Saturday, April 15, 2006

Two From Snead on Schiavo

New on SSRN: Two papers from O. Carter Snead on the Theresa Schiavo case. The first is entitled The (Surprising) Truth About Schiavo: A Defeat for the Cause of Autonomy. The abstract:

A survey of the commentary following the conclusion of the Theresa Marie Schiavo matter leaves one with the impression that the case was a victory for the cause of autonomy and the right of self-determination in the end-of-life context. In this essay, I seek to challenge this thesis and demonstrate that, contrary to popular understanding, it is the defenders of autonomy and self-determination who should be most troubled by what transpired in the Schiavo case. In support of this claim, I will first set forth (in cursory fashion) the underlying aim of the defenders of autonomy in this context. Then, I will provide a brief sketch of how the law - both as enacted and interpreted - might ideally serve to promote and defend the goods of autonomy and self-determination. I will thus assess the process and outcome of the Schiavo case by carefully examining the positive law governing the case, as well as the specific evidence relied on by the Florida courts to assess Ms. Schiavo’s actual wishes (the touchstone of autonomy). Moreover, I will contrast the manner in which the Florida courts evaluated this evidence with the seemingly consistent and uniform approach taken by courts from other jurisdictions. I will additionally explore the significance of the Florida courts’ decision to focus the majority of their resources and time on inquiries not oriented towards Ms. Schiavo’s actual wishes, but rather on matters relating to paternalistic considerations, such as her present and future quality of life. In light of the foregoing analysis, I conclude that the Schiavo matter cannot rightly be understood as a victory for self-governance at the end of life. To the contrary, it is instead a cautionary tale of what can happen when the legal preconditions for the exercise of autonomy are absent or ignored.

The second is entitled Dynamic Complementarity: Terri's Law and Separation of Powers Principles in the End-of-Life Context. The abstract:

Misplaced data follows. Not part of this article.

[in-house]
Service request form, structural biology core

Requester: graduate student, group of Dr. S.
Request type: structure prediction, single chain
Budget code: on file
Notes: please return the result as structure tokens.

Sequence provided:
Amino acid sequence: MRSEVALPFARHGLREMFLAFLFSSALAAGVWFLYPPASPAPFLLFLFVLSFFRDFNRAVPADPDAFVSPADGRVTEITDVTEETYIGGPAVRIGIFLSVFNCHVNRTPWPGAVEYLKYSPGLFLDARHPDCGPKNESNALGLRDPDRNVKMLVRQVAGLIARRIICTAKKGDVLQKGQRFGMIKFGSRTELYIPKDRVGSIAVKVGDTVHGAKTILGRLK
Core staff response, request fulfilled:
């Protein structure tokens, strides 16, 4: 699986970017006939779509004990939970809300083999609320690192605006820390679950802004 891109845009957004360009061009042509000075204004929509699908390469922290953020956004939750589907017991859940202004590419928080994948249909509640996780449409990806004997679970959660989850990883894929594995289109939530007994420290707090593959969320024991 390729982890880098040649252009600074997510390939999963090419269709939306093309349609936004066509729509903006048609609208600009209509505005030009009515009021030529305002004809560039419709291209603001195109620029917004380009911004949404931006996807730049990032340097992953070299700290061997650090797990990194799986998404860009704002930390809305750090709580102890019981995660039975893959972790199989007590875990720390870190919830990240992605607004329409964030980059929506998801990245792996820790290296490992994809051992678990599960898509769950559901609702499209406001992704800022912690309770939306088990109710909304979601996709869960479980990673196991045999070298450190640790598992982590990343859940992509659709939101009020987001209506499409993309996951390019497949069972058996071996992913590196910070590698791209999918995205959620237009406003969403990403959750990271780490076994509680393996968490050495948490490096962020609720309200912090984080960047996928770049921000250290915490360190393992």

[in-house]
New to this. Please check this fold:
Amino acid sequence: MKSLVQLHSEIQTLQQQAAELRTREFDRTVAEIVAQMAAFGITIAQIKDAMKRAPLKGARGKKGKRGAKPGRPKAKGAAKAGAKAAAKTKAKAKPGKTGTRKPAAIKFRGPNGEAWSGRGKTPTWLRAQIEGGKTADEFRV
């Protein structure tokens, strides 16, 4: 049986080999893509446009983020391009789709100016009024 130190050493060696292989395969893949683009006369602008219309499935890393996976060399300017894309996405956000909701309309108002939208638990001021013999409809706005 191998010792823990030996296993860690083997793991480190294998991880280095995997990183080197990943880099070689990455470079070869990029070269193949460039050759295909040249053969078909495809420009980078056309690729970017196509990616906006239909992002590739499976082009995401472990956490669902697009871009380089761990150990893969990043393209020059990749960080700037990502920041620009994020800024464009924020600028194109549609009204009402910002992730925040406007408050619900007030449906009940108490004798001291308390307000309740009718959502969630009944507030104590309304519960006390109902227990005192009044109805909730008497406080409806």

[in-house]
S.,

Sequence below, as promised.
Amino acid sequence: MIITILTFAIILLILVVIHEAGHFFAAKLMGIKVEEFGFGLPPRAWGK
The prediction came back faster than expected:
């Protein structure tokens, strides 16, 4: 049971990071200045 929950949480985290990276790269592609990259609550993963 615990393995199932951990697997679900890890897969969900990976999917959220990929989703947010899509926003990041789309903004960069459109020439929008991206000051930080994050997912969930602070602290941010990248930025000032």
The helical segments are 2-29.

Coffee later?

The bitter dispute over the proper treatment of Theresa Marie Schiavo - a severely brain-damaged woman, unable to communicate and with no living will or advance directive - has garnered enormous attention in the media, both national and international. What began as a heated disagreement between Ms. Schiavo's husband and parents mushroomed into a massive political conflict involving privacy advocates on one side, and right-to-life and disability activists on the other. The battle raged on the editorial pages of the world's newspapers, in the courts, and ultimately, in the legislative and executive branches of the Florida state government. After nearly three years of acrimonious litigation between Michael Schiavo (Ms. Schiavo's husband) and the Schindler family (Ms. Schiavo's parents), a Florida court ordered that nutrition and hydration for Ms. Schiavo be discontinued. Six days after implementation of the court's order, the Florida Legislature passed "Terri's Law," authorizing the Governor, under certain prescribed circumstances, to issue a one-time stay of court-ordered withdrawal of life-sustaining measures, and to appoint a guardian ad litem to review the matter and report back to the executive branch and the chief judge of the relevant Florida court. Pursuant to this new authority, the Governor stayed the order issued by the court, and nutrition and hydration were restored to Ms. Schiavo.

To date, the public debate on this matter has been framed as a conflict between or a balancing of abstract concepts such as "the right to die," "the sanctity of life," and "the rights of the disabled." Little scholarly attention has been paid, however, to an enormously important question at the heart of this matter, namely, what the proper roles of the various branches of government are in a case such as Schiavo's. The proper question is not whether the government has a role in a dispute such as this - it clearly became involved once the matter moved to the state courts - but rather how the government should be involved. Which branch, if any, should have the last word in such a dispute? In these cases, should the relationship between governmental branches be hierarchical or complementary? Which branch of government is best situated to resolve these disputes? This Article, using the Schiavo case as the relevant point of departure, essays to address these questions. Specifically, the questions presented are twofold: (1) Were the Florida Legislature's (and by extension, the Governor's) actions in the Schiavo case consistent with the constitutional principles of separation of powers? (2) If so, did the actions of the executive and legislative branches in this case promote or undermine the purposes and logic of the Florida laws governing end-of-life decisionmaking, taken as a whole? That is, is Terri's Law wise public policy from a structural, governmental view?


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